Digiscoping with superzoom or DSLR? (with spotting scope)

Discussion in 'Photography Equipment & Products' started by mipanoxcube, Jul 2, 2017.

  1. mipanoxcube

    mipanoxcube TPF Noob!

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    Hello,

    I'm new to here. So I'm not sure if asking this here is appropriate. If not, I would appreciate it if somebody is willing to give a link to the proper place(s)!
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    Thanks for help in advance!

    I'd like to ask for advice for choosing my gear. My main purpose is birdwatching and am considering buying a spotting scope + camera for digiscoping. The budget is around $3000, so I'm not considering expensive telephoto lenses. The scope will be used directly too -- i.e. viewed by human eye. So I'm also not considering "cheaper" lenses like 500mm or below. I want the magnification and actually photography is second.

    I already possess a Panasonic lumix FZ80 superzoom camera, but I would like to extend both the magnification and image quality.

    So a possible choice would be: - Kowa TSN-773 + eyepiece (TE-11WZ) + adapters + tripod = $2700+

    (Swarovski's scopes seem unaffordable to me...)

    Because I have no experience in digiscoping with "good" equipments, I'm not sure if the scope I'm choosing and the camera I already have match each other in terms of the product image quality and so on.

    In other words, the questions are

    (1) I'm not sure if I need to buy a DSLR to replace my FZ80. Or does FZ80 suffice to serve as the photographic device for the extra zoom from the scope? Perhaps digiscoping with TSN-773 simply wouldn't require another better camera?

    (2) If the camera is too crappy for the scope, what would you recommend to buy for a DSLR? I think a pair of camera + lens summing up to ~$800 is still okay for the budget. In this case, would replacing the scope with a smaller-aperture one, say TSN-664 be worth it? Basically I'm trading off scope's aperture size and the quality of camera here. For direct observation purposes, a 6x mm scope is probably still good enough

    (3) I also need help on choosing tripod. The range of cost out there is too confusing for me. First, I believe I can use one for both my camera and scope, when using them separately. But I think I can't afford a carbor-fiber one which can be almost as expensive as a scope. So I'm looking for aluminium ones. For the heads, would you recommend a 2-way head or ball head. I guess 2-way head could ensure better stability?

    Thanks a lot!! Any advice would be much appreciated!


     
  2. john.margetts

    john.margetts No longer a newbie, moving up!

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    This is a photography forum. We like big cameras with big lenses. You would be much better off asking on a birding forum, where there will be a lot of people doing digiscoping.

    Sent from my 8070 using Tapatalk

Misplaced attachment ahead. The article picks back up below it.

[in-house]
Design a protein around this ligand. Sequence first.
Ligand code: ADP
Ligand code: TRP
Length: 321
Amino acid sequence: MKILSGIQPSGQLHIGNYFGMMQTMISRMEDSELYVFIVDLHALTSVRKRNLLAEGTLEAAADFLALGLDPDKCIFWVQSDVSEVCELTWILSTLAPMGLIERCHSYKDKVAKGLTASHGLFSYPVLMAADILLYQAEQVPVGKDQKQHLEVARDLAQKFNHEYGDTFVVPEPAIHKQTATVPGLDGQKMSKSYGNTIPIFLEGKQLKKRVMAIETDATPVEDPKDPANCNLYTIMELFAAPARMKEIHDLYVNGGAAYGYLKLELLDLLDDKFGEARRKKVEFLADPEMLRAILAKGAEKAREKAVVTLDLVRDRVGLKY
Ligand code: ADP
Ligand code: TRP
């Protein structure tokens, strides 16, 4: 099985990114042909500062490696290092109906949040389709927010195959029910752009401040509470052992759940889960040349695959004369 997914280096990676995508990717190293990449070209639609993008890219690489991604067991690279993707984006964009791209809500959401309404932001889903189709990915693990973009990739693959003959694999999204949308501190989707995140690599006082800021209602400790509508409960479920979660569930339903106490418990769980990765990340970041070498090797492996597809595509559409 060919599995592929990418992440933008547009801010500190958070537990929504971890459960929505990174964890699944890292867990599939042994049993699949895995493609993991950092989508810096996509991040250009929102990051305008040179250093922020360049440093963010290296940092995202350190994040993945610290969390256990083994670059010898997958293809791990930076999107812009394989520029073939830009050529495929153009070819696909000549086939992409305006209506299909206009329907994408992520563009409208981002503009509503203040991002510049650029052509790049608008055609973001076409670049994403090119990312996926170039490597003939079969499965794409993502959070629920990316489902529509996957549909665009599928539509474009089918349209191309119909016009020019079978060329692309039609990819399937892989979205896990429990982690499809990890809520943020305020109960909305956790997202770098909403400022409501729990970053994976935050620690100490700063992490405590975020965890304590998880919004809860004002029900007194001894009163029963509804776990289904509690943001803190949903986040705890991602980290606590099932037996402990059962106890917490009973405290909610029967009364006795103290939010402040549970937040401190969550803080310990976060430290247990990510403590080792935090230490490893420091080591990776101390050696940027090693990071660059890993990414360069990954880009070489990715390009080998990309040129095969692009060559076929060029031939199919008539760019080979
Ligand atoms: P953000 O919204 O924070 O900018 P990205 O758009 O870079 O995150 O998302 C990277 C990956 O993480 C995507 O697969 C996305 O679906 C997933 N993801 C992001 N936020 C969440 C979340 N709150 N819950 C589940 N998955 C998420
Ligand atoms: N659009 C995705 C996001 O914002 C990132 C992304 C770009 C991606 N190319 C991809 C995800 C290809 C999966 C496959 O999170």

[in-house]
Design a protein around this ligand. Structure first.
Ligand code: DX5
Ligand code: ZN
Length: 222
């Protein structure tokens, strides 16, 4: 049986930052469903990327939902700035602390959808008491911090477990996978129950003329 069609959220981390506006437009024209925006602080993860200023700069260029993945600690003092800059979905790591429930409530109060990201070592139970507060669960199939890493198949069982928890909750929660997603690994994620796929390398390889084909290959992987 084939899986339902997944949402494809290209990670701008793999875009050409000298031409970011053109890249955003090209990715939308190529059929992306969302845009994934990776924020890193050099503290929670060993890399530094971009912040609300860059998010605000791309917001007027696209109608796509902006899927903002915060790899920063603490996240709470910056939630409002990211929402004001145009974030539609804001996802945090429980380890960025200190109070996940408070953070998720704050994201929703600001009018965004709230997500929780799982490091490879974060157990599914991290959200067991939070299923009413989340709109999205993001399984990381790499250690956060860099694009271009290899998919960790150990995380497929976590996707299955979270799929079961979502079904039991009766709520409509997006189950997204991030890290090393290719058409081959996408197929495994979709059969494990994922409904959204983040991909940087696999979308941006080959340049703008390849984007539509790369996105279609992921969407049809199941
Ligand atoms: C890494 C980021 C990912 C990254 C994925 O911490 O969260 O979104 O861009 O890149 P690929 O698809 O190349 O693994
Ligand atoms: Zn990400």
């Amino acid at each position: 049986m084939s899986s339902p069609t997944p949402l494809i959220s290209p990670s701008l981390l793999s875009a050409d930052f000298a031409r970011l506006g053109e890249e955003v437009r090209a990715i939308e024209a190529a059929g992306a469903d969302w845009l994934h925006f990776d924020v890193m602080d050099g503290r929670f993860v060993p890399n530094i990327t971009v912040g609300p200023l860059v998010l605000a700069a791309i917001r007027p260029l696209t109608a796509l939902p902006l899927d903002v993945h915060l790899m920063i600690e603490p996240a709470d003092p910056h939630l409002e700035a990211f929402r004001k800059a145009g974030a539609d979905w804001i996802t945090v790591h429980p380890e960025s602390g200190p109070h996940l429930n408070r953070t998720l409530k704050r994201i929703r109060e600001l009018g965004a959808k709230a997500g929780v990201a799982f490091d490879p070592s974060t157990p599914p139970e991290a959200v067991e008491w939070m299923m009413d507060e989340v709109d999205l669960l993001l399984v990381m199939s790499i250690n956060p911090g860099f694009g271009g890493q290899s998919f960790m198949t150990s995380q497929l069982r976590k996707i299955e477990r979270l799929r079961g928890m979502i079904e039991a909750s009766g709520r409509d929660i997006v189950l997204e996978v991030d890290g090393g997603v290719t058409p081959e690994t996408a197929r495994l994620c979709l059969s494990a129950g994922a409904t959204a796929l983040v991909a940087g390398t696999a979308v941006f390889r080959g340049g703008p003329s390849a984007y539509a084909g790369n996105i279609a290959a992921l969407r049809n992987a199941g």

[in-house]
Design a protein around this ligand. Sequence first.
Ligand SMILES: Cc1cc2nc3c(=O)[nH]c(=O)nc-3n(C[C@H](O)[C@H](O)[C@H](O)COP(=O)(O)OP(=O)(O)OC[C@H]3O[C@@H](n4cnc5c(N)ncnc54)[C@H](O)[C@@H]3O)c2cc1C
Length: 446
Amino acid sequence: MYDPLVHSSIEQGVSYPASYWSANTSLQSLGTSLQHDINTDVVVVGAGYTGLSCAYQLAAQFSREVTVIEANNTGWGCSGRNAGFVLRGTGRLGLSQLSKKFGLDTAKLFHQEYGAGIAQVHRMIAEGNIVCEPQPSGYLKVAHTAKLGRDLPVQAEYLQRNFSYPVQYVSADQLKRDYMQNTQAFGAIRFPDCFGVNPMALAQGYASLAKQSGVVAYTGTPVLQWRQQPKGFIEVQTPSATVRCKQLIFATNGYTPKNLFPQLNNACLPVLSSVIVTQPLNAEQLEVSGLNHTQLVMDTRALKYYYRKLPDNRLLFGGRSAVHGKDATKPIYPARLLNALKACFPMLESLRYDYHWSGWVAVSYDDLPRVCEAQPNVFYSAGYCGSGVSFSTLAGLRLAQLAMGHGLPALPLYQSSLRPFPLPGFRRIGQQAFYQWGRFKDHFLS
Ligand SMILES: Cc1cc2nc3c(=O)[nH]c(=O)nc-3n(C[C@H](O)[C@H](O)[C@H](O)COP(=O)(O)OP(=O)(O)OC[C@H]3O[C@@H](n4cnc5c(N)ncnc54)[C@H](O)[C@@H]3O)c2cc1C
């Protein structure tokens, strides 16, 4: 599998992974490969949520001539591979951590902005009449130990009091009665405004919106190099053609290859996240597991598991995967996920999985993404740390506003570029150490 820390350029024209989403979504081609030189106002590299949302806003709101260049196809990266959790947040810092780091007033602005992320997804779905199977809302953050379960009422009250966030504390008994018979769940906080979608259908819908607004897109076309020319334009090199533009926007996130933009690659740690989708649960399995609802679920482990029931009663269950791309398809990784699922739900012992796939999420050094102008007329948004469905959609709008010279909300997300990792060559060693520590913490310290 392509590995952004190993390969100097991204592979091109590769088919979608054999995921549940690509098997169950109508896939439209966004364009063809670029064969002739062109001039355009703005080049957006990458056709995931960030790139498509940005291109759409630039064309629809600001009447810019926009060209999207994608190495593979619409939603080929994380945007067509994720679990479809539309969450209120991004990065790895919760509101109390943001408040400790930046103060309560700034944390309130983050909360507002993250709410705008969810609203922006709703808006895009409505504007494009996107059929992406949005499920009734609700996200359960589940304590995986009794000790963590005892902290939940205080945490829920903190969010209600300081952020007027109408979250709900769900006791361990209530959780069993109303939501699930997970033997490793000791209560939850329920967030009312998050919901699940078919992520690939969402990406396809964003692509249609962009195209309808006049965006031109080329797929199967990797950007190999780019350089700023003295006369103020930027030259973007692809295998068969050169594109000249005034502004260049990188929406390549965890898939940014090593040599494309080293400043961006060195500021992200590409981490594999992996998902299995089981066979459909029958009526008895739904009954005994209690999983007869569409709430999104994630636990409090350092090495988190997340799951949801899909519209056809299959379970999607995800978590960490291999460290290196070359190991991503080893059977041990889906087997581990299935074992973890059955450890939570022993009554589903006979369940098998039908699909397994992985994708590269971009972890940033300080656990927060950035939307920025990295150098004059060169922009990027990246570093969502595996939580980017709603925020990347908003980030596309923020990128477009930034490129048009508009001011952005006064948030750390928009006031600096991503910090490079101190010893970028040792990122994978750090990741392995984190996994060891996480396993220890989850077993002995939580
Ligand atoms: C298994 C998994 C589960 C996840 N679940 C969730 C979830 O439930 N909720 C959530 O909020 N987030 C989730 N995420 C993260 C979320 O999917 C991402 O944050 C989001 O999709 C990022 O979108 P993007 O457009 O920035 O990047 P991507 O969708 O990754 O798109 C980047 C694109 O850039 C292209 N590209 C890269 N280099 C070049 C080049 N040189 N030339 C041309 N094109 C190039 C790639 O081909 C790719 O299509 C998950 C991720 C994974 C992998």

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  3. petrochemist

    petrochemist TPF junkie!

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    Over the years I've experimented with digiscoping using a number of budget scopes (all under £200 used)

    Prime focus results (with those I could remove the eyepiece from) where acceptable but not any better than a modern telephoto lens. With some of the scopes my DSLR could not get close enough to focus beyond ~50m, This was not a problem for my mirrorless camera.
    One of the scopes has an attached zoom eyepiece & came with a T2 adapter for Afocal digiscoping. The full zoom range was usable for direct observing, but with a camera mounted the zoom was effectively useless - no increase in detail even on a 6MP DSLR. (The system apparently equates to a 1000mm f/16 to a 4000mm f/64, It's highly likely that diffraction was responsible for the lack of any detail improvement - F/16 is about the diffraction limit for APSC).

    There's no control of aperture when digiscoping so as a photographer I've not found it worth the hassle. Better detail being available (& easier) with a telephoto lens. FWIW fitting a molocular converter makes the telephoto lenses quite reasonable as telescopes :)

    Online images suggest the quality of the scope may make a HUGE difference, with loads of quality shots managed using a phone & a good scope. I doubt the camera itself will make much difference.
     
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  4. Overread

    Overread has a hat around here somewhere Staff Member Supporting Member

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    I won't say that no one here knows about digiscoping, but like John's point I agree that you might find we don't have as many users with experience of it. If you want you could stop by at BirdForum - The Net's Largest Birding Community, Dedicated To Wild Birds where (if you scroll down a fair way) there's a good section on digiscoping that might have the answer and users who might be more experienced in the matter
     
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  5. mipanoxcube

    mipanoxcube TPF Noob!

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    Thank you all for the suggestions! petrochemist's post has been useful, but I'll ask birders too.
     

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